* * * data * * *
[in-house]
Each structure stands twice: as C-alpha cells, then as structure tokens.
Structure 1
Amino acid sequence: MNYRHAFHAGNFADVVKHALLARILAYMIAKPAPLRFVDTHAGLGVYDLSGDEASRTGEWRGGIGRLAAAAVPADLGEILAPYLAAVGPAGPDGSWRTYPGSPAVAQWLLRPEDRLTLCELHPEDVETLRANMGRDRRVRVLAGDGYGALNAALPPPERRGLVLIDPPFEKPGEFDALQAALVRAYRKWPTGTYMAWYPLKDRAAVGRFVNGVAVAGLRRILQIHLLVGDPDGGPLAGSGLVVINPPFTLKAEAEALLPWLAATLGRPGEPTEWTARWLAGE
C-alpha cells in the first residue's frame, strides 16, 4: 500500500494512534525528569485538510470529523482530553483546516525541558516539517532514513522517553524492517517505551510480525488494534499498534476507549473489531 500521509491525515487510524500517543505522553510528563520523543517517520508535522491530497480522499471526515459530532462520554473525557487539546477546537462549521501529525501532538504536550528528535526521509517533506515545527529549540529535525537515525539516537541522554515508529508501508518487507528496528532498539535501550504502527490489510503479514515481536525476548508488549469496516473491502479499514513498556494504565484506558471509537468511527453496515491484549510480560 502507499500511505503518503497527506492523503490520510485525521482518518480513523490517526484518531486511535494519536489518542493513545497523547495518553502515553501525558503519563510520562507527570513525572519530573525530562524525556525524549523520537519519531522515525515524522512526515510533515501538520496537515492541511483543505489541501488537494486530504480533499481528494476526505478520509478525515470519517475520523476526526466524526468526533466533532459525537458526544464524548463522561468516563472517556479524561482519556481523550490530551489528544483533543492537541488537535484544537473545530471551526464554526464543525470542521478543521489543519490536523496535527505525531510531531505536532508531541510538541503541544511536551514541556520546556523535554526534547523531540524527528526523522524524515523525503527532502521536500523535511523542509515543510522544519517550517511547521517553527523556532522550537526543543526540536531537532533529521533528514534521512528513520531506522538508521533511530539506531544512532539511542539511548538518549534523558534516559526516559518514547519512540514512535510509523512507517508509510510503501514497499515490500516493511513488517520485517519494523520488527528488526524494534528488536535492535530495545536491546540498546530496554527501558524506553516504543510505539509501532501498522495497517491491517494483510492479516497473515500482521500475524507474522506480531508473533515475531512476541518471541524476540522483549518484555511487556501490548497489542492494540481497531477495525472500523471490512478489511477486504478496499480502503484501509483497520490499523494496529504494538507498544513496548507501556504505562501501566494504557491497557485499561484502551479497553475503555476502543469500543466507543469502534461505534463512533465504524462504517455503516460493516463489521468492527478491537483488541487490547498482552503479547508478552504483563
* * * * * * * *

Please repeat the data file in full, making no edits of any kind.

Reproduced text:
[in-house]
Each structure stands twice: as C-alpha cells, then as structure tokens.
Structure 1
Amino acid sequence: MNYRHAFHAGNFADVVKHALLARILAYMIAKPAPLRFVDTHAGLGVYDLSGDEASRTGEWRGGIGRLAAAAVPADLGEILAPYLAAVGPAGPDGSWRTYPGSPAVAQWLLRPEDRLTLCELHPEDVETLRANMGRDRRVRVLAGDGYGALNAALPPPERRGLVLIDPPFEKPGEFDALQAALVRAYRKWPTGTYMAWYPLKDRAAVGRFVNGVAVAGLRRILQIHLLVGDPDGGPLAGSGLVVINPPFTLKAEAEALLPWLAATLGRPGEPTEWTARWLAGE
C-alpha cells in the first residue's frame, strides 16, 4: 500500500494512534525528569485538510470529523482530553483546516525541558516539517532514513522517553524492517517505551510480525488494534499498534476507549473489531 500521509491525515487510524500517543505522553510528563520523543517517520508535522491530497480522499471526515459530532462520554473525557487539546477546537462549521501529525501532538504536550528528535526521509517533506515545527529549540529535525537515525539516537541522554515508529508501508518487507528496528532498539535501550504502527490489510503479514515481536525476548508488549469496516473491502479499514513498556494504565484506558471509537468511527453496515491484549510480560 502507499500511505503518503497527506492523503490520510485525521482518518480513523490517526484518531486511535494519536489518542493513545497523547495518553502515553501525558503519563510520562507527570513525572519530573525530562524525556525524549523520537519519531522515525515524522512526515510533515501538520496537515492541511483543505489541501488537494486530504480533499481528494476526505478520509478525515470519517475520523476526526466524526468526533466533532459525537458526544464524548463522561468516563472517556479524561482519556481523550490530551489528544483533543492537541488537535484544537473545530471551526464554526464543525470542521478543521489543519490536523496535527505525531510531531505536532508531541510538541503541544511536551514541556520546556523535554526534547523531540524527528526523522524524515523525503527532502521536500523535511523542509515543510522544519517550517511547521517553527523556532522550537526543543526540536531537532533529521533528514534521512528513520531506522538508521533511530539506531544512532539511542539511548538518549534523558534516559526516559518514547519512540514512535510509523512507517508509510510503501514497499515490500516493511513488517520485517519494523520488527528488526524494534528488536535492535530495545536491546540498546530496554527501558524506553516504543510505539509501532501498522495497517491491517494483510492479516497473515500482521500475524507474522506480531508473533515475531512476541518471541524476540522483549518484555511487556501490548497489542492494540481497531477495525472500523471490512478489511477486504478496499480502503484501509483497520490499523494496529504494538507498544513496548507501556504505562501501566494504557491497557485499561484502551479497553475503555476502543469500543466507543469502534461505534463512533465504524462504517455503516460493516463489521468492527478491537483488541487490547498482552503479547508478552504483563